A Vocabulary of Thinking: Gertrude Stein and Contemporary by Deborah M. Mix

By Deborah M. Mix

Using experimental kind as a framework for shut readings of writings produced via past due twentieth-century North American ladies, Deborah combine areas Gertrude Stein on the middle of a feminist and multicultural account of twentieth-century cutting edge writing. Her meticulously argued paintings maps literary affiliations that attach Stein to the paintings of Harryette Mullen, Daphne Marlatt, Betsy Warland, Lyn Hejinian, and Theresa Hak Kyung Cha. through distinguishing a vocabulary-which is versatile, evolving, and concurrently person and communal--from a lexicon-which is recorded, mounted, and consists of the load of masculine authority--Mix argues that Stein's experimentalism either permits and calls for the advanced responses of those authors.
    Arguing that those authors have got rather little consciousness as a result hassle in categorizing them, combine brings the writing of girls of colour, lesbians, and collaborative writers into the dialogue of experimental writing. therefore, instead of exploring traditional traces of impression, she departs from past scholarship through the use of Stein and her paintings as a lens in which to learn the methods those authors have renegotiated culture, authority, and innovation.
    development at the culture of experimental or avant-garde writing within the usa, combine questions the politics of the canon and literary impression, deals shut readings of formerly ignored modern writers whose paintings does not healthy inside traditional different types, and by means of linking genres no longer mostly linked to experimentalism-lyric, epic, and autobiography-challenges ongoing reevaluations of leading edge writing.

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Additional info for A Vocabulary of Thinking: Gertrude Stein and Contemporary North American Women's Innnovative Writing

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At the same time, the answer to the question is quite simple: there are infinitely more than two. If the possibilities are infinite, then it is impossible to impose an order or classificatory scheme, much less a hierarchy or even a beginning or ending (which is, after all, a binary formulation) on the text. “More than two” reveals binary systems as groundless, a reevaluation that destabilizes similar approaches to gender, sexuality, culture, and authority. Equally destabilized are the dualities of reader/writer and self/other.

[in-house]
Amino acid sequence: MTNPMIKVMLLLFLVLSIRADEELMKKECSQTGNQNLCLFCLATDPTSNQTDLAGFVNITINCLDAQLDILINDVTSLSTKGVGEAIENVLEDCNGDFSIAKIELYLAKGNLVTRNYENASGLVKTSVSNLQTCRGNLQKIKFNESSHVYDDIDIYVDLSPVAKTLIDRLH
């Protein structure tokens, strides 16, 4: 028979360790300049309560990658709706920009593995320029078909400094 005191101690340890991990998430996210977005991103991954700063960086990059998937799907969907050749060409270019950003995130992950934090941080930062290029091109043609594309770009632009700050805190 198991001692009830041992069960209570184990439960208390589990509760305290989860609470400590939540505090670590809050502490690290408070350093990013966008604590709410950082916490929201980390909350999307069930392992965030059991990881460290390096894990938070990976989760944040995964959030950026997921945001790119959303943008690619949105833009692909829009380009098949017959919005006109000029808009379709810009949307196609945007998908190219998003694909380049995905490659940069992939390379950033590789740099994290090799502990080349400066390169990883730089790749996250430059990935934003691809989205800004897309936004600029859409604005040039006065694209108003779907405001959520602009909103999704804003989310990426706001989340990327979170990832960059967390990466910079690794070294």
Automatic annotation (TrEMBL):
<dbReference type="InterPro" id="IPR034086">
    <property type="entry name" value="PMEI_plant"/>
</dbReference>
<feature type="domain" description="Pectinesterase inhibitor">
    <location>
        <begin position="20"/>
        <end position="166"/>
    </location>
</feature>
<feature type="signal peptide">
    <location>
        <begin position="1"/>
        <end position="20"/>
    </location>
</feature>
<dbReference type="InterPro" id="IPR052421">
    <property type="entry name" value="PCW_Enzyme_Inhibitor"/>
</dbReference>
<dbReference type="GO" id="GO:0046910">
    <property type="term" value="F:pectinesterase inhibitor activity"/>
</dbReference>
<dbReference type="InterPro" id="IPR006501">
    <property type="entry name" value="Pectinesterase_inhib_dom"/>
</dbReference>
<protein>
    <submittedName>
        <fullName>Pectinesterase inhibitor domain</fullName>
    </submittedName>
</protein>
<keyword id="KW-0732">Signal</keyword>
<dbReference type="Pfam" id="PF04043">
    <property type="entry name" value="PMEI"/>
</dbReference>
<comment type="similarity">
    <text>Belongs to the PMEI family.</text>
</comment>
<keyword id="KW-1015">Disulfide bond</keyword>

These narratives are both plotlines for novels and plotlines for lives (which in turn affect the production of novels and other literary works, not to mention our ability to recognize the “Miss Agnes” hidden behind “Mrs. Christopher Harriet”). In addition to such sociofamilial imperatives that are highly gendered, the culturalaesthetic context in which literature is produced and consumed is also deeply marked by gendered expectations: “Those who correctly attach themselves to ribbons ribbons are really awfully long and all” (21).

W]e shall remain paralyzed” (214). Irigaray’s exhortation to “hurry and invent our own phrases” (215) seems apt for understanding experimental writing. On the other hand, however, Irigaray’s theory, like Schweickart’s, relies on marking aesthetic difference purely along gender lines. 28 While it is certainly true that male writers have been praised for qualities that suggest authoritarianism and control, and women authors have been lauded for gentleness or for valuing collaboration over hierarchization, the dynamic is not so simple.

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